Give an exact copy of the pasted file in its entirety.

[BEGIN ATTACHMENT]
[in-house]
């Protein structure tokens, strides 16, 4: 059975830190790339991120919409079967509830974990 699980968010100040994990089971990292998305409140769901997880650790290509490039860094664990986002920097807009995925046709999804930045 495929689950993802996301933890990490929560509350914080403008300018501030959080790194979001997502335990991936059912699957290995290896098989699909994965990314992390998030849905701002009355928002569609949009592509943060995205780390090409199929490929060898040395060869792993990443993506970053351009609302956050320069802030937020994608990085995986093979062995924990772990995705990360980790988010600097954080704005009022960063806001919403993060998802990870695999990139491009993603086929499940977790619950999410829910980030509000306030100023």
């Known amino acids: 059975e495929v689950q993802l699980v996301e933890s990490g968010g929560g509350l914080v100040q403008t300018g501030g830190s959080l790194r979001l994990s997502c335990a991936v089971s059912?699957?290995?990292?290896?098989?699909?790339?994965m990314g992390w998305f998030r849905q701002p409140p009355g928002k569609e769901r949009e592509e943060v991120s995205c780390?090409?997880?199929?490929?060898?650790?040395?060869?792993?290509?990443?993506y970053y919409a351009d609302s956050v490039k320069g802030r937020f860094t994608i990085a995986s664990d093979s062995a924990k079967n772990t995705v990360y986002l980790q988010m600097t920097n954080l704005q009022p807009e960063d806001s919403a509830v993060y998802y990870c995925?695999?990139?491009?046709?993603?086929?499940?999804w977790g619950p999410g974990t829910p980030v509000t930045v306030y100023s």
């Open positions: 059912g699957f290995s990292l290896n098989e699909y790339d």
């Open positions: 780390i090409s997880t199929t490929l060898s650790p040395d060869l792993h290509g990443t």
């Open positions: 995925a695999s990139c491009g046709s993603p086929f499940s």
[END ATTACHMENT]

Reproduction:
[in-house]
């Protein structure tokens, strides 16, 4: 059975830190790339991120919409079967509830974990 699980968010100040994990089971990292998305409140769901997880650790290509490039860094664990986002920097807009995925046709999804930045 495929689950993802996301933890990490929560509350914080403008300018501030959080790194979001997502335990991936059912699957290995290896098989699909994965990314992390998030849905701002009355928002569609949009592509943060995205780390090409199929490929060898040395060869792993990443993506970053351009609302956050320069802030937020994608990085995986093979062995924990772990995705990360980790988010600097954080704005009022960063806001919403993060998802990870695999990139491009993603086929499940977790619950999410829910980030509000306030100023």
């Known amino acids: 059975e495929v689950q993802l699980v996301e933890s990490g968010g929560g509350l914080v100040q403008t300018g501030g830190s959080l790194r979001l994990s997502c335990a991936v089971s059912?699957?290995?990292?290896?098989?699909?790339?994965m990314g992390w998305f998030r849905q701002p409140p009355g928002k569609e769901r949009e592509e943060v991120s995205c780390?090409?997880?199929?490929?060898?650790?040395?060869?792993?290509?990443?993506y970053y919409a351009d609302s956050v490039k320069g802030r937020f860094t994608i990085a995986s664990d093979s062995a924990k079967n772990t995705v990360y986002l980790q988010m600097t920097n954080l704005q009022p807009e960063d806001s919403a509830v993060y998802y990870c995925?695999?990139?491009?046709?993603?086929?499940?999804w977790g619950p999410g974990t829910p980030v509000t930045v306030y100023s």
């Open positions: 059912g699957f290995s990292l290896n098989e699909y790339d």
């Open positions: 780390i090409s997880t199929t490929l060898s650790p040395d060869l792993h290509g990443t």
């Open positions: 995925a695999s990139c491009g046709s993603p086929f499940s």